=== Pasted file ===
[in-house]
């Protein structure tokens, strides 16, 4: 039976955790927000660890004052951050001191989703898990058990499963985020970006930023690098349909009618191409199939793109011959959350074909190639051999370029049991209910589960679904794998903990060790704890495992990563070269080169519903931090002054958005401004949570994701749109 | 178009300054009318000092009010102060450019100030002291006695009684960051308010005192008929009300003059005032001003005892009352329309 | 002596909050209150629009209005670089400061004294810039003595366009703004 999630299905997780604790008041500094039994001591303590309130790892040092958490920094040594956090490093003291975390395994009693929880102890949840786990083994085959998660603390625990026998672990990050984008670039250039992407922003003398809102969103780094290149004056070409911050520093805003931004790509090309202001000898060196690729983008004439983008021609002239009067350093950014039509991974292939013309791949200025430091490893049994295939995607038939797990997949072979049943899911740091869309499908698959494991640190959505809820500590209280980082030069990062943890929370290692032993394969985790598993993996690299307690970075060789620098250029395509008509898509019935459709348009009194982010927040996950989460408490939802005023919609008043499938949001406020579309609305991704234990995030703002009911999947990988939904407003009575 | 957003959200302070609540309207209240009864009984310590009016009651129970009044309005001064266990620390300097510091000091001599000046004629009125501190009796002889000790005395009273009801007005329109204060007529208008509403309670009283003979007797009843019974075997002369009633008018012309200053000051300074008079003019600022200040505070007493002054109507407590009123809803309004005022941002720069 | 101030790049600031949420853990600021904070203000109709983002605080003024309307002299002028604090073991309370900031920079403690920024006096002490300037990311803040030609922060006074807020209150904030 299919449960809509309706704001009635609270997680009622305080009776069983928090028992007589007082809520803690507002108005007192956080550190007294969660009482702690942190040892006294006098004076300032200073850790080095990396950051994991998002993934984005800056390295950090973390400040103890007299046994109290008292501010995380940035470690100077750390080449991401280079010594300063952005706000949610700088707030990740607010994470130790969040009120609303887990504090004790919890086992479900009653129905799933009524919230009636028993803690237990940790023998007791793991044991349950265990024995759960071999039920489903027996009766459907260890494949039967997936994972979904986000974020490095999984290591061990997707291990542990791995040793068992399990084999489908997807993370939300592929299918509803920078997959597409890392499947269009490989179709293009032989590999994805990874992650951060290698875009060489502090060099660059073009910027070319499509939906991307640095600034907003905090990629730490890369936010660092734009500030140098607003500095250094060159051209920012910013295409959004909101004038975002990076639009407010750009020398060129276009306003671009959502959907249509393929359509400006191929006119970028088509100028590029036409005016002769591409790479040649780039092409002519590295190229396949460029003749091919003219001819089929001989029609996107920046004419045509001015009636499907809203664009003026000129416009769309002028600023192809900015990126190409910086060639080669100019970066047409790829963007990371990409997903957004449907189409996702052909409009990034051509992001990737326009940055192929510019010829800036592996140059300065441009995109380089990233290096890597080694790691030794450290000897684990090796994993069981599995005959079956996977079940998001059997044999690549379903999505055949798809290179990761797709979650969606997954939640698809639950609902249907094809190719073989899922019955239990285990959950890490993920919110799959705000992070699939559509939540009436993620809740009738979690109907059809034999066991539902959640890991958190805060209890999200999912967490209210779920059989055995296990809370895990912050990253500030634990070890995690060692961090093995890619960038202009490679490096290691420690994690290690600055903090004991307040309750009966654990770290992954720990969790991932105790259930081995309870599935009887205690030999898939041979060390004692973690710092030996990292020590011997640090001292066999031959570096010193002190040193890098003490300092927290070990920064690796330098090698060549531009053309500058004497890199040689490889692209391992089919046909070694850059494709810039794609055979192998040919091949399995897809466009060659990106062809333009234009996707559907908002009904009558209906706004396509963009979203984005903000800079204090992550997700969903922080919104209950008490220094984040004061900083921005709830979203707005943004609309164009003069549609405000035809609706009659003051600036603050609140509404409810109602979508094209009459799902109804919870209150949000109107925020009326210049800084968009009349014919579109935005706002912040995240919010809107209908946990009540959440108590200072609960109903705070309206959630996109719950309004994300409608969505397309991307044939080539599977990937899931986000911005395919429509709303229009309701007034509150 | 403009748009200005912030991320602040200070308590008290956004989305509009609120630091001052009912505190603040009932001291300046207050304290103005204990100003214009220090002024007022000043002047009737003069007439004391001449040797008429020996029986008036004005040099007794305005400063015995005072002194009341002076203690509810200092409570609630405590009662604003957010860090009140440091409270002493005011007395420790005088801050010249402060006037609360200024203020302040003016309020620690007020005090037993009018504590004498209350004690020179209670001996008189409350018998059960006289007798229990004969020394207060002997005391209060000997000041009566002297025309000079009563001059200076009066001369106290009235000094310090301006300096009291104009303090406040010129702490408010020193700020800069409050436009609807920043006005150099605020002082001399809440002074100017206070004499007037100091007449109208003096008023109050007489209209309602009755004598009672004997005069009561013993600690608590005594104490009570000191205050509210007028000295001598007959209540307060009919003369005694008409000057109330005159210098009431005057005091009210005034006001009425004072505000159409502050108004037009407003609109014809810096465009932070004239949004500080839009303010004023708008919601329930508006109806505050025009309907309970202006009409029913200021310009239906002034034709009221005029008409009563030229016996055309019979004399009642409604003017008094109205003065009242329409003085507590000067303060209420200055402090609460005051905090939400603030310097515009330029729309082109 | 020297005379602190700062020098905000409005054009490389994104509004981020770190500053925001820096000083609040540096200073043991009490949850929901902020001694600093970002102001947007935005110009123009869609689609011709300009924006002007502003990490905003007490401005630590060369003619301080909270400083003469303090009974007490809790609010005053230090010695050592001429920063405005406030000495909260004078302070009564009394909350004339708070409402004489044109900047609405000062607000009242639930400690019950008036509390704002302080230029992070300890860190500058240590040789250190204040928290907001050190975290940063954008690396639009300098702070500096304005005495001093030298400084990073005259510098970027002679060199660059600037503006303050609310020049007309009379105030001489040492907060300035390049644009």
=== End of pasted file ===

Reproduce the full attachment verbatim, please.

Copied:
[in-house]
């Protein structure tokens, strides 16, 4: 039976955790927000660890004052951050001191989703898990058990499963985020970006930023690098349909009618191409199939793109011959959350074909190639051999370029049991209910589960679904794998903990060790704890495992990563070269080169519903931090002054958005401004949570994701749109 | 178009300054009318000092009010102060450019100030002291006695009684960051308010005192008929009300003059005032001003005892009352329309 | 002596909050209150629009209005670089400061004294810039003595366009703004 999630299905997780604790008041500094039994001591303590309130790892040092958490920094040594956090490093003291975390395994009693929880102890949840786990083994085959998660603390625990026998672990990050984008670039250039992407922003003398809102969103780094290149004056070409911050520093805003931004790509090309202001000898060196690729983008004439983008021609002239009067350093950014039509991974292939013309791949200025430091490893049994295939995607038939797990997949072979049943899911740091869309499908698959494991640190959505809820500590209280980082030069990062943890929370290692032993394969985790598993993996690299307690970075060789620098250029395509008509898509019935459709348009009194982010927040996950989460408490939802005023919609008043499938949001406020579309609305991704234990995030703002009911999947990988939904407003009575 | 957003959200302070609540309207209240009864009984310590009016009651129970009044309005001064266990620390300097510091000091001599000046004629009125501190009796002889000790005395009273009801007005329109204060007529208008509403309670009283003979007797009843019974075997002369009633008018012309200053000051300074008079003019600022200040505070007493002054109507407590009123809803309004005022941002720069 | 101030790049600031949420853990600021904070203000109709983002605080003024309307002299002028604090073991309370900031920079403690920024006096002490300037990311803040030609922060006074807020209150904030 299919449960809509309706704001009635609270997680009622305080009776069983928090028992007589007082809520803690507002108005007192956080550190007294969660009482702690942190040892006294006098004076300032200073850790080095990396950051994991998002993934984005800056390295950090973390400040103890007299046994109290008292501010995380940035470690100077750390080449991401280079010594300063952005706000949610700088707030990740607010994470130790969040009120609303887990504090004790919890086992479900009653129905799933009524919230009636028993803690237990940790023998007791793991044991349950265990024995759960071999039920489903027996009766459907260890494949039967997936994972979904986000974020490095999984290591061990997707291990542990791995040793068992399990084999489908997807993370939300592929299918509803920078997959597409890392499947269009490989179709293009032989590999994805990874992650951060290698875009060489502090060099660059073009910027070319499509939906991307640095600034907003905090990629730490890369936010660092734009500030140098607003500095250094060159051209920012910013295409959004909101004038975002990076639009407010750009020398060129276009306003671009959502959907249509393929359509400006191929006119970028088509100028590029036409005016002769591409790479040649780039092409002519590295190229396949460029003749091919003219001819089929001989029609996107920046004419045509001015009636499907809203664009003026000129416009769309002028600023192809900015990126190409910086060639080669100019970066047409790829963007990371990409997903957004449907189409996702052909409009990034051509992001990737326009940055192929510019010829800036592996140059300065441009995109380089990233290096890597080694790691030794450290000897684990090796994993069981599995005959079956996977079940998001059997044999690549379903999505055949798809290179990761797709979650969606997954939640698809639950609902249907094809190719073989899922019955239990285990959950890490993920919110799959705000992070699939559509939540009436993620809740009738979690109907059809034999066991539902959640890991958190805060209890999200999912967490209210779920059989055995296990809370895990912050990253500030634990070890995690060692961090093995890619960038202009490679490096290691420690994690290690600055903090004991307040309750009966654990770290992954720990969790991932105790259930081995309870599935009887205690030999898939041979060390004692973690710092030996990292020590011997640090001292066999031959570096010193002190040193890098003490300092927290070990920064690796330098090698060549531009053309500058004497890199040689490889692209391992089919046909070694850059494709810039794609055979192998040919091949399995897809466009060659990106062809333009234009996707559907908002009904009558209906706004396509963009979203984005903000800079204090992550997700969903922080919104209950008490220094984040004061900083921005709830979203707005943004609309164009003069549609405000035809609706009659003051600036603050609140509404409810109602979508094209009459799902109804919870209150949000109107925020009326210049800084968009009349014919579109935005706002912040995240919010809107209908946990009540959440108590200072609960109903705070309206959630996109719950309004994300409608969505397309991307044939080539599977990937899931986000911005395919429509709303229009309701007034509150 | 403009748009200005912030991320602040200070308590008290956004989305509009609120630091001052009912505190603040009932001291300046207050304290103005204990100003214009220090002024007022000043002047009737003069007439004391001449040797008429020996029986008036004005040099007794305005400063015995005072002194009341002076203690509810200092409570609630405590009662604003957010860090009140440091409270002493005011007395420790005088801050010249402060006037609360200024203020302040003016309020620690007020005090037993009018504590004498209350004690020179209670001996008189409350018998059960006289007798229990004969020394207060002997005391209060000997000041009566002297025309000079009563001059200076009066001369106290009235000094310090301006300096009291104009303090406040010129702490408010020193700020800069409050436009609807920043006005150099605020002082001399809440002074100017206070004499007037100091007449109208003096008023109050007489209209309602009755004598009672004997005069009561013993600690608590005594104490009570000191205050509210007028000295001598007959209540307060009919003369005694008409000057109330005159210098009431005057005091009210005034006001009425004072505000159409502050108004037009407003609109014809810096465009932070004239949004500080839009303010004023708008919601329930508006109806505050025009309907309970202006009409029913200021310009239906002034034709009221005029008409009563030229016996055309019979004399009642409604003017008094109205003065009242329409003085507590000067303060209420200055402090609460005051905090939400603030310097515009330029729309082109 | 020297005379602190700062020098905000409005054009490389994104509004981020770190500053925001820096000083609040540096200073043991009490949850929901902020001694600093970002102001947007935005110009123009869609689609011709300009924006002007502003990490905003007490401005630590060369003619301080909270400083003469303090009974007490809790609010005053230090010695050592001429920063405005406030000495909260004078302070009564009394909350004339708070409402004489044109900047609405000062607000009242639930400690019950008036509390704002302080230029992070300890860190500058240590040789250190204040928290907001050190975290940063954008690396639009300098702070500096304005005495001093030298400084990073005259510098970027002679060199660059600037503006303050609310020049007309009379105030001489040492907060300035390049644009």